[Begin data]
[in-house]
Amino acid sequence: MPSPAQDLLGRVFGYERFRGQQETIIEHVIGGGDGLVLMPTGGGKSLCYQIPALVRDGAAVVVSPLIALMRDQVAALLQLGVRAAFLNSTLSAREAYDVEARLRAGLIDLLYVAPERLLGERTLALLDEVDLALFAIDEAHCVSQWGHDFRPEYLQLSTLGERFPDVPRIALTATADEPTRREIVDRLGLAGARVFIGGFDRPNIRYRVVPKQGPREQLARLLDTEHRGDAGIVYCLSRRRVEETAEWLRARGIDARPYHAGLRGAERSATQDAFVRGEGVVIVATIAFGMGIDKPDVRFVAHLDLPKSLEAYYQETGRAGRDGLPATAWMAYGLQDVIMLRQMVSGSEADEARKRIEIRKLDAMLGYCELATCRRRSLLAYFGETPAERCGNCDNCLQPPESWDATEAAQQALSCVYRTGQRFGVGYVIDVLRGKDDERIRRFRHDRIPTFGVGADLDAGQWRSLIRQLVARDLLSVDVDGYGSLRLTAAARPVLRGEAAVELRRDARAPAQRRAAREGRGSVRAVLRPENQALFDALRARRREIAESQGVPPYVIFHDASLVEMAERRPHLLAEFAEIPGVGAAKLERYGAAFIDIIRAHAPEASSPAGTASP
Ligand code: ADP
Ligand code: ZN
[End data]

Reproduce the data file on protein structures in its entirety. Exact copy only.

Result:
[in-house]
Amino acid sequence: MPSPAQDLLGRVFGYERFRGQQETIIEHVIGGGDGLVLMPTGGGKSLCYQIPALVRDGAAVVVSPLIALMRDQVAALLQLGVRAAFLNSTLSAREAYDVEARLRAGLIDLLYVAPERLLGERTLALLDEVDLALFAIDEAHCVSQWGHDFRPEYLQLSTLGERFPDVPRIALTATADEPTRREIVDRLGLAGARVFIGGFDRPNIRYRVVPKQGPREQLARLLDTEHRGDAGIVYCLSRRRVEETAEWLRARGIDARPYHAGLRGAERSATQDAFVRGEGVVIVATIAFGMGIDKPDVRFVAHLDLPKSLEAYYQETGRAGRDGLPATAWMAYGLQDVIMLRQMVSGSEADEARKRIEIRKLDAMLGYCELATCRRRSLLAYFGETPAERCGNCDNCLQPPESWDATEAAQQALSCVYRTGQRFGVGYVIDVLRGKDDERIRRFRHDRIPTFGVGADLDAGQWRSLIRQLVARDLLSVDVDGYGSLRLTAAARPVLRGEAAVELRRDARAPAQRRAAREGRGSVRAVLRPENQALFDALRARRREIAESQGVPPYVIFHDASLVEMAERRPHLLAEFAEIPGVGAAKLERYGAAFIDIIRAHAPEASSPAGTASP
Ligand code: ADP
Ligand code: ZN